• identify the areas where board oversight is most valuable;
  • and determine whether a recalibration of board responsibilities is appropriate.

In meeting with fund boards, board counsel, and independent auditors, her staff is learning even more about the complex questions they face—many that you all wrestle with every time you step foot into the boardroom.

Through that outreach, the division is hearing from members of our community about the importance of respecting the line between oversight and management. As the Director herself put it, “there is a difference between overseeing the work of experts and being asked to serve as experts.”

So we are extremely fortunate to have Dalia with us here today. We can hope to hear more from her about the Fund Board Outreach Initiative and how it can advance her goal—“to improve the ability of fund boards to serve shareholders.” That’s a goal we all can get behind.

But that task is not one for the SEC alone. As I noted earlier, all of us must contribute as well—both collectively and individually.

Collectively, because each of us has a duty to work with our fellow board members to improve the governance of our own boards.

Governance is an issue close to my heart—it’s in my heritage. Growing up in the Dutch immigrant community of Kalamazoo, Michigan, I learned to always ask myself: Is it fair? Is it right?

As directors, we all need to ask ourselves those questions. And we must embrace the hallmarks of good governance: accountability, transparency, responsiveness, fairness, inclusiveness, empowerment, broad-based participation.

On my boards, I’ve learned a lot about the value of investing time, energy, and thought to governance—about how to get a disparate group of individuals to function effectively together as they move toward common goals.

Good governance requires thoughtful recruiting—finding the right mix of people to bring the necessary range of views to every decision.

Each time your board needs a new independent director, cast a wide net—because you never know where you will find the business judgment and insights that will make your board even more successful. That requires an emphasis on diversity—diverse backgrounds, diverse perspectives, diverse skills, diverse temperaments.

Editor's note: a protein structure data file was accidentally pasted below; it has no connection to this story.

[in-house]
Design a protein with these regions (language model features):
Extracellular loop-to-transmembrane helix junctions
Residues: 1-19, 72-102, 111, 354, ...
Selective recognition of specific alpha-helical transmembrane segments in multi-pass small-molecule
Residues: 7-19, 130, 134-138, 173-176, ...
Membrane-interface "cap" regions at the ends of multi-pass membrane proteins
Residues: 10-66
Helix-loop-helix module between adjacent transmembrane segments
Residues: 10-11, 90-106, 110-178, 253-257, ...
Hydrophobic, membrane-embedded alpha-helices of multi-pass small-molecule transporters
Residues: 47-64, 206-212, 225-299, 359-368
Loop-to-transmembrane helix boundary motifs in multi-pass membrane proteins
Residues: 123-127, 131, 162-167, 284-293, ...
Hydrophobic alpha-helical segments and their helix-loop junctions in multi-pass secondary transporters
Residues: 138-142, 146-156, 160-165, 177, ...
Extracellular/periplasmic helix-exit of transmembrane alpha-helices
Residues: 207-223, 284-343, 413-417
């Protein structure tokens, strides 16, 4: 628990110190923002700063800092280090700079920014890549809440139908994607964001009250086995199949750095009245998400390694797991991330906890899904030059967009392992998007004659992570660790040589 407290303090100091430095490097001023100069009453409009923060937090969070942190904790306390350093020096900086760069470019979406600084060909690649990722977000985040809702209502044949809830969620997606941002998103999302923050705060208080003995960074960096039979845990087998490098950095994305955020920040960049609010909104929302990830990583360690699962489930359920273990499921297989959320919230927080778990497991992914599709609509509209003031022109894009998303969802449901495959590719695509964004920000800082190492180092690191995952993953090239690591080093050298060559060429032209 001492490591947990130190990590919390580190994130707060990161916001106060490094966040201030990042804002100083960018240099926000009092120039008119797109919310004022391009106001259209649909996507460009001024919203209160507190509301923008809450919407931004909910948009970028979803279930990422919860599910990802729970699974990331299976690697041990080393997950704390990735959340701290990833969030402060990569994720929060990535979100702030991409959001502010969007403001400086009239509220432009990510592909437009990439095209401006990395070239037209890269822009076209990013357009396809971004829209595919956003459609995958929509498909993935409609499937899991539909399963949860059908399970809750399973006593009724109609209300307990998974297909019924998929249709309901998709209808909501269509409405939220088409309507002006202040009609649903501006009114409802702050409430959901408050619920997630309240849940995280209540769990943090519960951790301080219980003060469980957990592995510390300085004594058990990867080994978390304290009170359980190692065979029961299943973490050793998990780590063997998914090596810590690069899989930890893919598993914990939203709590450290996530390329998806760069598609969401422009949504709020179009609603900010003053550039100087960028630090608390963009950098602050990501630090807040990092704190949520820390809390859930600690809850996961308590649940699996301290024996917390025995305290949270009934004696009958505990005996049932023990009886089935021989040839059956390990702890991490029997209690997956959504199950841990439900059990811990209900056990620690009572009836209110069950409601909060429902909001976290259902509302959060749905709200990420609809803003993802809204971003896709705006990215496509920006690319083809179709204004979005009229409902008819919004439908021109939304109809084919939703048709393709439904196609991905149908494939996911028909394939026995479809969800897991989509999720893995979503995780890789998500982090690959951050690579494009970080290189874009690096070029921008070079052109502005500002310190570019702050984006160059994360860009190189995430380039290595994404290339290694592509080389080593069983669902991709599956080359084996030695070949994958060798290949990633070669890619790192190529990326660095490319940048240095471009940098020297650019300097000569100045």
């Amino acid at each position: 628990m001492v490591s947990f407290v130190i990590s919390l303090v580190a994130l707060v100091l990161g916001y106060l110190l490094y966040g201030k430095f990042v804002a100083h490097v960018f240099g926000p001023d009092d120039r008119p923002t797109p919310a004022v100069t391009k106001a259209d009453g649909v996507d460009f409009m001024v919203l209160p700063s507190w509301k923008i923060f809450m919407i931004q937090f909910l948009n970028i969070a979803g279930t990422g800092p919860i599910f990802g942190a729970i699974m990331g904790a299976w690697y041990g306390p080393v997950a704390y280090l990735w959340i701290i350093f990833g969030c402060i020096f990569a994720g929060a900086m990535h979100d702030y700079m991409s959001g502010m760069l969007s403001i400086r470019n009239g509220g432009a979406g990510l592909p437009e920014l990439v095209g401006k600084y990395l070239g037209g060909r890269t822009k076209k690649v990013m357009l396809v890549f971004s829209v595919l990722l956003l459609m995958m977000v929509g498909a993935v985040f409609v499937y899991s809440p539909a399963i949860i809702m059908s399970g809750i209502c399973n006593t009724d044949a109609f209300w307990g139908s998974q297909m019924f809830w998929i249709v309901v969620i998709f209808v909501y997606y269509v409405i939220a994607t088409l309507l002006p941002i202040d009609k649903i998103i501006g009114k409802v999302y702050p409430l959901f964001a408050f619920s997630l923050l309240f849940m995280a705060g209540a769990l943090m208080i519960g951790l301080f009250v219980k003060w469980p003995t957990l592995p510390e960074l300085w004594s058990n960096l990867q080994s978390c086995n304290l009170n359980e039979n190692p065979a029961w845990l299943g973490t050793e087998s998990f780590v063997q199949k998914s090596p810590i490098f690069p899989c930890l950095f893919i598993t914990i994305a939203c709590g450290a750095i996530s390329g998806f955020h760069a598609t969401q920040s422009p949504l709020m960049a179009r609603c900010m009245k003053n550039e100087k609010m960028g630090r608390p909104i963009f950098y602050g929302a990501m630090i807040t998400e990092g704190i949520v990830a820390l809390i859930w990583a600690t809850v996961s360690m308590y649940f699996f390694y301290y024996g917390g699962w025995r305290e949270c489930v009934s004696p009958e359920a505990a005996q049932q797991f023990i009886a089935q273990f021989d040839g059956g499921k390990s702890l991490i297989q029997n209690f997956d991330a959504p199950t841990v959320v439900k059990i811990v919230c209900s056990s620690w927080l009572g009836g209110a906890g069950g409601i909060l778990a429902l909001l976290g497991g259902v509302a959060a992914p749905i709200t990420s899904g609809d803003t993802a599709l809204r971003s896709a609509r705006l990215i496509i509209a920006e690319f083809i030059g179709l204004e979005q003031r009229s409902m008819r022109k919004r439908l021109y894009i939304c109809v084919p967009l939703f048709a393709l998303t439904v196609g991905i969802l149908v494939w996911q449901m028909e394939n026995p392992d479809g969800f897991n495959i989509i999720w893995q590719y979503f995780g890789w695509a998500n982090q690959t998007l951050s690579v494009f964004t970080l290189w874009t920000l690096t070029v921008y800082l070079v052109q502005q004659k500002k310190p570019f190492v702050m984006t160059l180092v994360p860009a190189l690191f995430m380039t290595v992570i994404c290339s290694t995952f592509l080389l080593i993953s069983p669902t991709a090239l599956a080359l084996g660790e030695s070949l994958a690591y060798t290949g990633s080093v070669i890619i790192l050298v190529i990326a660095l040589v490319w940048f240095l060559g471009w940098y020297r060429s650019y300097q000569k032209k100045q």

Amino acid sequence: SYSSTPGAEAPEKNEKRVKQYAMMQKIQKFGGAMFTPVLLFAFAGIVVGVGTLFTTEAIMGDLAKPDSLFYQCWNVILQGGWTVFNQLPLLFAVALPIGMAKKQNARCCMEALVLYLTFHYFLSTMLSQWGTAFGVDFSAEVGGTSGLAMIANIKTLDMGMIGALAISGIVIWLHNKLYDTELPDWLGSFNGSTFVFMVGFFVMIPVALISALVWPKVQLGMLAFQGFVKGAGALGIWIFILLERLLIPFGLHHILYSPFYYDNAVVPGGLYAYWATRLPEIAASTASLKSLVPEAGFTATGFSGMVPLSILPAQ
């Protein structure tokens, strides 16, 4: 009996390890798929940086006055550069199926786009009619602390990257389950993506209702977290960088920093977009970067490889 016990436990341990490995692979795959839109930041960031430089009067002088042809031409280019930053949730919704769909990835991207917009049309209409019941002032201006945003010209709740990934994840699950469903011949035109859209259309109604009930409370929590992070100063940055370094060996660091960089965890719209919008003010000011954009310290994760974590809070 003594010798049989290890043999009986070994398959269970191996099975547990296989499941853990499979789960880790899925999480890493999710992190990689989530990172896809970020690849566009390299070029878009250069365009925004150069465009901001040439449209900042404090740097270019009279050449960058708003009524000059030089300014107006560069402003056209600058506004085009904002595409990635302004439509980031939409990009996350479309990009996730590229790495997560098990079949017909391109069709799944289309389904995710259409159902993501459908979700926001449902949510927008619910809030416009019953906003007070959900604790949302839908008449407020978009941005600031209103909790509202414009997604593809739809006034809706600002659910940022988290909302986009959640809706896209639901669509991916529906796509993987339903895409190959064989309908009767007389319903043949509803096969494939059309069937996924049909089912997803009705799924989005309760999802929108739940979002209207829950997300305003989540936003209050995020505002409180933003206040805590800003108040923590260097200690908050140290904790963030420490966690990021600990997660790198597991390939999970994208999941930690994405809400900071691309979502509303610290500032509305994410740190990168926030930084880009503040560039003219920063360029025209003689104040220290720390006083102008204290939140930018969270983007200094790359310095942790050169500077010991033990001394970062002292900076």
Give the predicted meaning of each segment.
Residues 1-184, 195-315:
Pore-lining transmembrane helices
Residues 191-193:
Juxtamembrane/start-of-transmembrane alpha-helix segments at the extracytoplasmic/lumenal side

And in today’s world, you must also focus on diversity in gender, race, and age. Today, boards are moving in the right direction toward reflecting America’s emerging demographics—just look around and see. But we still have a long way to go.

Good governance requires a deliberate emphasis on orientation—on bringing new directors up to speed on the funds they’re serving and into the culture of the board they’re joining.

Good governance requires collegiality—something that boards must actively promote. A market crisis or a crucial strategic turning point is no time to find your fellow board members disengaged, nursing grudges, or unable to express their views respectfully but directly. A good board forges strong connections that can withstand any test.

And good governance requires robust and clear-eyed self-assessment. The best boards and best directors embrace Socrates’ principle that “the unexamined life is not worth living.” They annually evaluate and review their service, and they don’t hesitate to receive feedback—leveraging the board self-evaluation as a tool to improve.

Of course, even the best-governed board is only as good as the directors who serve on it. So the final contributor to making boards more effective is us—individual directors—and the commitment we make to fulfilling the responsibilities entrusted to us.

Good directors are engaged—they dig deep into the matters before them.

Good directors are alert. They come to every meeting with their radars on, alert to any conflicts of interest or activity that could work against the shareholders they serve.

Good directors are educated. They learn their material—and ask relevant questions. They know what’s going on in the fund industry and in financial services more broadly.

And good directors are connected. They recognize the value of learning from their peers. They share their experiences and build the body of knowledge that the director community relies on. Remember that later today as you are following up on the connections you just made!

As fund directors, we have been granted a great privilege—and a great responsibility. Your presence here today shows how seriously you’re taking that responsibility—and I applaud you for that.

It’s an honor to be here with you. We have a great conference ahead. Thank you for your time and attention.

And now, please welcome Amy Lancellotta—managing director of the Independent Directors Council—to introduce our next session.